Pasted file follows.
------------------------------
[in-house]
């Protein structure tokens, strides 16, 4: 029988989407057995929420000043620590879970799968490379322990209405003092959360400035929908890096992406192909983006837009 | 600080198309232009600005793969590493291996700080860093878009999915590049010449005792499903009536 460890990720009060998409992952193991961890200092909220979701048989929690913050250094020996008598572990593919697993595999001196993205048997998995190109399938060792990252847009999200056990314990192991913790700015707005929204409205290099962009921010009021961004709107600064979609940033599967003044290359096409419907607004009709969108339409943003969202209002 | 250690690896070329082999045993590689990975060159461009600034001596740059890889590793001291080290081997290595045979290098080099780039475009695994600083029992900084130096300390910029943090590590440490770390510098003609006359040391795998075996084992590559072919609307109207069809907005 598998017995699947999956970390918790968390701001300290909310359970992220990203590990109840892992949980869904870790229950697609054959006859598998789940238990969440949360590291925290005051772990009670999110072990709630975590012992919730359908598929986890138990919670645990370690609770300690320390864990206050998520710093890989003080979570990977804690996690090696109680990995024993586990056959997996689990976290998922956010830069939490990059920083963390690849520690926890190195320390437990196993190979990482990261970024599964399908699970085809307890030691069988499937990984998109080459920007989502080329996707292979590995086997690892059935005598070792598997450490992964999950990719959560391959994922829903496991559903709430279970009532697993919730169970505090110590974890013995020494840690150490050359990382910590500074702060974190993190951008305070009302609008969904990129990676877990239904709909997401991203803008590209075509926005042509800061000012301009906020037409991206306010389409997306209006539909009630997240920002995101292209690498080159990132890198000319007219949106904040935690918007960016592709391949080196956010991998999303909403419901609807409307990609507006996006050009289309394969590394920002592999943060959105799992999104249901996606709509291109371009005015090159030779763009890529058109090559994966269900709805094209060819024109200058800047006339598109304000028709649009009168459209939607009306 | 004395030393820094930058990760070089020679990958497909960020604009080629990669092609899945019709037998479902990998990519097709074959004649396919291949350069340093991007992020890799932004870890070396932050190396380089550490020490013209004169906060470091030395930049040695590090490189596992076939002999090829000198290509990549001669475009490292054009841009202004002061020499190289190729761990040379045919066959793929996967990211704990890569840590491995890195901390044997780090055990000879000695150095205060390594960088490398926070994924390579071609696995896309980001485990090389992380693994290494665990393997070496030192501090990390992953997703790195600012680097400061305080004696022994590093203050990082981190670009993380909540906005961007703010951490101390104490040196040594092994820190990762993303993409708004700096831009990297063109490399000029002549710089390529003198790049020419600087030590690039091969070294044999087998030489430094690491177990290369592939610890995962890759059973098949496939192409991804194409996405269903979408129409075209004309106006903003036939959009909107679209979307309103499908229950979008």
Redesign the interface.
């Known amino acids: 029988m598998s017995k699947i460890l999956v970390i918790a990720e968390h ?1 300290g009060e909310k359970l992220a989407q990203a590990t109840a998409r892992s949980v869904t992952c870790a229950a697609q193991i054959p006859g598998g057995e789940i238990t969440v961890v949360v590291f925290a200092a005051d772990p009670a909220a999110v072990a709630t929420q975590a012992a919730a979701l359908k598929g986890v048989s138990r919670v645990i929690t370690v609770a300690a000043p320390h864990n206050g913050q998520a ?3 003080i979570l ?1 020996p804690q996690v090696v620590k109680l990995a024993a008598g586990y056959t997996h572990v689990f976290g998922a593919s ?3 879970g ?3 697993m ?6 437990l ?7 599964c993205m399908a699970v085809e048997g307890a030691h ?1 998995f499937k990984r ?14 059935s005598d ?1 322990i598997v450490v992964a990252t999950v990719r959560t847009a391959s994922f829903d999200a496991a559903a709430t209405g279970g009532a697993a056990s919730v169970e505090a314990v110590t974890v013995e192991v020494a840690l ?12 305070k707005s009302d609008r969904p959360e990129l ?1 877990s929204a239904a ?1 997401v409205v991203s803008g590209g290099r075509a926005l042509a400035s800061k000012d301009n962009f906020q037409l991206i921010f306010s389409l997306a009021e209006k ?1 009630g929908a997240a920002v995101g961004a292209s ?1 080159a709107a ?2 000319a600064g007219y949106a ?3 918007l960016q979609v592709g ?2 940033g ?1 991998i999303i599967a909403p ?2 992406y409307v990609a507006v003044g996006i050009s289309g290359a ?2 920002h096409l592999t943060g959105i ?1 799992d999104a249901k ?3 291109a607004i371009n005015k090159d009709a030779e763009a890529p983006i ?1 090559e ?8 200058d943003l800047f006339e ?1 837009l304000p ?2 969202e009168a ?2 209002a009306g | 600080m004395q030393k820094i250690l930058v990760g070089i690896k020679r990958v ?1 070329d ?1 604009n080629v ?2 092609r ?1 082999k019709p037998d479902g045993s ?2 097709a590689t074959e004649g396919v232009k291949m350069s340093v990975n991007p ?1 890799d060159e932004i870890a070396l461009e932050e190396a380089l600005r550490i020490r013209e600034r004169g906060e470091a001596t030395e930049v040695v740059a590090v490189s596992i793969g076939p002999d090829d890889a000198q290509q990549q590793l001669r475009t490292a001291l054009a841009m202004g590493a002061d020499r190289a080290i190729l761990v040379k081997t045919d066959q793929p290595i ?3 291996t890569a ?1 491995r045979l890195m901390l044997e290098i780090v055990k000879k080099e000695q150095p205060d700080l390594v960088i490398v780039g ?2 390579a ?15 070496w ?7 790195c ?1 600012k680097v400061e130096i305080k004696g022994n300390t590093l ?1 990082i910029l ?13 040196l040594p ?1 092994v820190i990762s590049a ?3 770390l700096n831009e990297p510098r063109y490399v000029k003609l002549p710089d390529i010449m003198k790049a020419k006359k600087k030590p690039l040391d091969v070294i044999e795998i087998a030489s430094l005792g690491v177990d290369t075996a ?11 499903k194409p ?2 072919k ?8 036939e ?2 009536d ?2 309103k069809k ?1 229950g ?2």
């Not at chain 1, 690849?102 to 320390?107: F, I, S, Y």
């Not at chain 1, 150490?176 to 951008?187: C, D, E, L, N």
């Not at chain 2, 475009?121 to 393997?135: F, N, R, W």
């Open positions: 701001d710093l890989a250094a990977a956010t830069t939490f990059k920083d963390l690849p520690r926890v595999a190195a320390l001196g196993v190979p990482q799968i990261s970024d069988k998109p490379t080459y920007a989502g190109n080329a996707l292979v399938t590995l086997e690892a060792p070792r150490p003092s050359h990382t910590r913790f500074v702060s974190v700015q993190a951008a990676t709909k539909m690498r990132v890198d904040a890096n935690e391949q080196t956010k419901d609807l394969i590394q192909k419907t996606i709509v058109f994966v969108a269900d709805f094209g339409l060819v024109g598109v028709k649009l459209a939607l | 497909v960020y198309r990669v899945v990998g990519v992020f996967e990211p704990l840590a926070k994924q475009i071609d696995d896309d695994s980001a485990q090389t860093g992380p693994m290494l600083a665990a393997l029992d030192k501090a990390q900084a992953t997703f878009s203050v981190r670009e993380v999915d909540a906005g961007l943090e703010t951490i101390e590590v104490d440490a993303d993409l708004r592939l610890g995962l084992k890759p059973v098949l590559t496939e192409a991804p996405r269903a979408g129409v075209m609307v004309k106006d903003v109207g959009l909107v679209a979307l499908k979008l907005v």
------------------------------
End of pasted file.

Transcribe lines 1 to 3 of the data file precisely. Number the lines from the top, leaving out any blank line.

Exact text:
[in-house]
């Protein structure tokens, strides 16, 4: 029988989407057995929420000043620590879970799968490379322990209405003092959360400035929908890096992406192909983006837009 | 600080198309232009600005793969590493291996700080860093878009999915590049010449005792499903009536 460890990720009060998409992952193991961890200092909220979701048989929690913050250094020996008598572990593919697993595999001196993205048997998995190109399938060792990252847009999200056990314990192991913790700015707005929204409205290099962009921010009021961004709107600064979609940033599967003044290359096409419907607004009709969108339409943003969202209002 | 250690690896070329082999045993590689990975060159461009600034001596740059890889590793001291080290081997290595045979290098080099780039475009695994600083029992900084130096300390910029943090590590440490770390510098003609006359040391795998075996084992590559072919609307109207069809907005 598998017995699947999956970390918790968390701001300290909310359970992220990203590990109840892992949980869904870790229950697609054959006859598998789940238990969440949360590291925290005051772990009670999110072990709630975590012992919730359908598929986890138990919670645990370690609770300690320390864990206050998520710093890989003080979570990977804690996690090696109680990995024993586990056959997996689990976290998922956010830069939490990059920083963390690849520690926890190195320390437990196993190979990482990261970024599964399908699970085809307890030691069988499937990984998109080459920007989502080329996707292979590995086997690892059935005598070792598997450490992964999950990719959560391959994922829903496991559903709430279970009532697993919730169970505090110590974890013995020494840690150490050359990382910590500074702060974190993190951008305070009302609008969904990129990676877990239904709909997401991203803008590209075509926005042509800061000012301009906020037409991206306010389409997306209006539909009630997240920002995101292209690498080159990132890198000319007219949106904040935690918007960016592709391949080196956010991998999303909403419901609807409307990609507006996006050009289309394969590394920002592999943060959105799992999104249901996606709509291109371009005015090159030779763009890529058109090559994966269900709805094209060819024109200058800047006339598109304000028709649009009168459209939607009306 | 004395030393820094930058990760070089020679990958497909960020604009080629990669092609899945019709037998479902990998990519097709074959004649396919291949350069340093991007992020890799932004870890070396932050190396380089550490020490013209004169906060470091030395930049040695590090490189596992076939002999090829000198290509990549001669475009490292054009841009202004002061020499190289190729761990040379045919066959793929996967990211704990890569840590491995890195901390044997780090055990000879000695150095205060390594960088490398926070994924390579071609696995896309980001485990090389992380693994290494665990393997070496030192501090990390992953997703790195600012680097400061305080004696022994590093203050990082981190670009993380909540906005961007703010951490101390104490040196040594092994820190990762993303993409708004700096831009990297063109490399000029002549710089390529003198790049020419600087030590690039091969070294044999087998030489430094690491177990290369592939610890995962890759059973098949496939192409991804194409996405269903979408129409075209004309106006903003036939959009909107679209979307309103499908229950979008």
Redesign the interface.